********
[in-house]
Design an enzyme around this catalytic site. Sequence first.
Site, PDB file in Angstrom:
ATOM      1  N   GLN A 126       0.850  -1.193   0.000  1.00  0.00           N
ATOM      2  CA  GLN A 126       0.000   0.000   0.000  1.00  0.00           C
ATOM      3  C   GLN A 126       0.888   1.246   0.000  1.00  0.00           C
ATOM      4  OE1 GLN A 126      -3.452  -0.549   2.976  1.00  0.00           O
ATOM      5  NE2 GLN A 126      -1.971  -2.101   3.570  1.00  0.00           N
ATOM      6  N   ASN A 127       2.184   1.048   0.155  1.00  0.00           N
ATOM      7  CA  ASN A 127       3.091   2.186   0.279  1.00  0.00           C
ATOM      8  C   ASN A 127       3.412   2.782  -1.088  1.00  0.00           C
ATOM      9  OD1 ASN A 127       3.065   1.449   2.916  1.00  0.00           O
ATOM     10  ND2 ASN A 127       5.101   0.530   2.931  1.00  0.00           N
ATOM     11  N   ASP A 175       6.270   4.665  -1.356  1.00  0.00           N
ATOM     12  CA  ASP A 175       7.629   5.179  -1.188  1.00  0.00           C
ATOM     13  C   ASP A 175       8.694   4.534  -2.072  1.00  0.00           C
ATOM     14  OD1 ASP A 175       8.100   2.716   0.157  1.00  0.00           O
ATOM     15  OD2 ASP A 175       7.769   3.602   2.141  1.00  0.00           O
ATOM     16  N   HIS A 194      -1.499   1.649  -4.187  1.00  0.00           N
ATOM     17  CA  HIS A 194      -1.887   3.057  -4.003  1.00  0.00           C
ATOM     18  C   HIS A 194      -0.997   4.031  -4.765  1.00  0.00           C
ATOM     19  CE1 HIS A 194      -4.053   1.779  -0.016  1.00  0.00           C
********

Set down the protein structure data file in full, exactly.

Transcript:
[in-house]
Design an enzyme around this catalytic site. Sequence first.
Site, PDB file in Angstrom:
ATOM      1  N   GLN A 126       0.850  -1.193   0.000  1.00  0.00           N
ATOM      2  CA  GLN A 126       0.000   0.000   0.000  1.00  0.00           C
ATOM      3  C   GLN A 126       0.888   1.246   0.000  1.00  0.00           C
ATOM      4  OE1 GLN A 126      -3.452  -0.549   2.976  1.00  0.00           O
ATOM      5  NE2 GLN A 126      -1.971  -2.101   3.570  1.00  0.00           N
ATOM      6  N   ASN A 127       2.184   1.048   0.155  1.00  0.00           N
ATOM      7  CA  ASN A 127       3.091   2.186   0.279  1.00  0.00           C
ATOM      8  C   ASN A 127       3.412   2.782  -1.088  1.00  0.00           C
ATOM      9  OD1 ASN A 127       3.065   1.449   2.916  1.00  0.00           O
ATOM     10  ND2 ASN A 127       5.101   0.530   2.931  1.00  0.00           N
ATOM     11  N   ASP A 175       6.270   4.665  -1.356  1.00  0.00           N
ATOM     12  CA  ASP A 175       7.629   5.179  -1.188  1.00  0.00           C
ATOM     13  C   ASP A 175       8.694   4.534  -2.072  1.00  0.00           C
ATOM     14  OD1 ASP A 175       8.100   2.716   0.157  1.00  0.00           O
ATOM     15  OD2 ASP A 175       7.769   3.602   2.141  1.00  0.00           O
ATOM     16  N   HIS A 194      -1.499   1.649  -4.187  1.00  0.00           N
ATOM     17  CA  HIS A 194      -1.887   3.057  -4.003  1.00  0.00           C
ATOM     18  C   HIS A 194      -0.997   4.031  -4.765  1.00  0.00           C
ATOM     19  CE1 HIS A 194      -4.053   1.779  -0.016  1.00  0.00           C